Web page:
Mystery 117kg of cannabis washes up on Famagusta shores

1550 views
1 min read

Cyprus police have picked up 42kg of cannabis washed up on Protaras beaches, while Turkish Cypriot authorities said they collected another 75kg further down the coast in the occupied north.

In comments to the Cyprus News Agency, Drug Squad Deputy Chief Stelios Sergides said the force has been trying to solve the mystery since December 21, when packages first started appearing on the Famagusta beaches.

“We have informed neighbouring countries and asked them to inform us whether they are facing similar incidents on their beaches,” Sergides said.

He said that Interpol and Europol had been informed before Christmas, but neither organisation has reported back.

Sergides believes the most likely scenario behind the puzzle is that the drugs were dumped at sea by a ship passing through Cyprus waters.

It is unclear whether authorities suspect the incidents may be due to a drop-off that went wrong.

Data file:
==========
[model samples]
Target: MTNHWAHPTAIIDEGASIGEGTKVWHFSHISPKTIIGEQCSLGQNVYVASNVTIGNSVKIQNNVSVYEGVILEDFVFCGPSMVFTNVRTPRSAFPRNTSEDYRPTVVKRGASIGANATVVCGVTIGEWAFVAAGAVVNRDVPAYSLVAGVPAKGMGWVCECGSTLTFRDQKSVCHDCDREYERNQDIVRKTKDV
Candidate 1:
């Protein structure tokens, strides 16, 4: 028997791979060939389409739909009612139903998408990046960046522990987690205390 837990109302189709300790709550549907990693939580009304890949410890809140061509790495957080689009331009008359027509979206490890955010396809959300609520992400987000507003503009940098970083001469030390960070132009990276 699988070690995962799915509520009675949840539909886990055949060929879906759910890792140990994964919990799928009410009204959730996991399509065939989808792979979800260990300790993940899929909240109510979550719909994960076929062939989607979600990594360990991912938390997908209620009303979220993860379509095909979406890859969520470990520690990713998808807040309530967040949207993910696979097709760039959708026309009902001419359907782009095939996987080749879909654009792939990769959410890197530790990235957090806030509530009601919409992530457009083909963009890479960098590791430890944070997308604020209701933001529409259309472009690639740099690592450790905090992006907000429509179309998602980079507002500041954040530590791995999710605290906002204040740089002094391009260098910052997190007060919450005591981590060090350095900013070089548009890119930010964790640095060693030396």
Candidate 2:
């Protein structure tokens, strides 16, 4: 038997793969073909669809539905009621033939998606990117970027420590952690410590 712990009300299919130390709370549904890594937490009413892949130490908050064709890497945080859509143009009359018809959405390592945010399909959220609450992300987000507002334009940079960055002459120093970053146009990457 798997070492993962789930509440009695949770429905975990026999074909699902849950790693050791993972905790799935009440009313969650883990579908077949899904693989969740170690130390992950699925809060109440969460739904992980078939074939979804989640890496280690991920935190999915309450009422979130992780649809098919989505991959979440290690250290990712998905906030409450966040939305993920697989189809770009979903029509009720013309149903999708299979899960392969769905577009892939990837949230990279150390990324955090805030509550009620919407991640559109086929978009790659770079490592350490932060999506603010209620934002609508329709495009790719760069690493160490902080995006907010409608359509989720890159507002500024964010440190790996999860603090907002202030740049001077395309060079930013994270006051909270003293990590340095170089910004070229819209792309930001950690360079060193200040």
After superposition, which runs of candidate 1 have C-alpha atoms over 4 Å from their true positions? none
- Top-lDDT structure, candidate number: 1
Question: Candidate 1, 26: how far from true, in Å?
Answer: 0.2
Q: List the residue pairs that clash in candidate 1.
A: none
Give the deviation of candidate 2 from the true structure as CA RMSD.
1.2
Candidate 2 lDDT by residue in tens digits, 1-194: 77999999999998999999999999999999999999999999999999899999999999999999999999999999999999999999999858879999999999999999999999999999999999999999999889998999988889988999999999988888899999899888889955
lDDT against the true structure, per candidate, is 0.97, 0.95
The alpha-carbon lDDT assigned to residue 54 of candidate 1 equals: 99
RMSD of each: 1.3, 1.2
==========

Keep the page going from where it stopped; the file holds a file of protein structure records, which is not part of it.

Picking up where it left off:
Some 5kg of cannabis were initially found on December 21, then 29kg the next day and 3kg on December 30.

A further 2kg were detected on December 31, while officers seized another 2kg that washed up on January 2.

According to Turkish Cypriot police, some 75 kg of cannabis were collected from Famagusta beaches (photo) by officers between December 18 and January 1.

When the 75kg found on beaches in the north are added, a total of 117kg of cannabis have been found on Famagusta beaches.

Sergides said: “In 2022, there has been an increase in the number of drugs seized in Cyprus compared with the past five years, and the number of cannabis users appears to be rising.”

In total, 340kg of cannabis, 38kg of cocaine, 3.5kg and 156 pills of ecstasy, and 4.5kg of methamphetamine were confiscated in Cyprus in 2022, he said.

Another 1.5kg of synthetic substances and smaller quantities of other substances have also been seized.

“Large quantities of drugs came to our island mainly through Larnaca airport, postal parcels and Limassol port.”

The deputy head of the drug squad said that the largest quantities came from third countries via Central Europe.

“It is important that we are successful in seizing the drugs before they reach the market.

“People arrested in drug trafficking cases seem to be involved in other forms of crime”.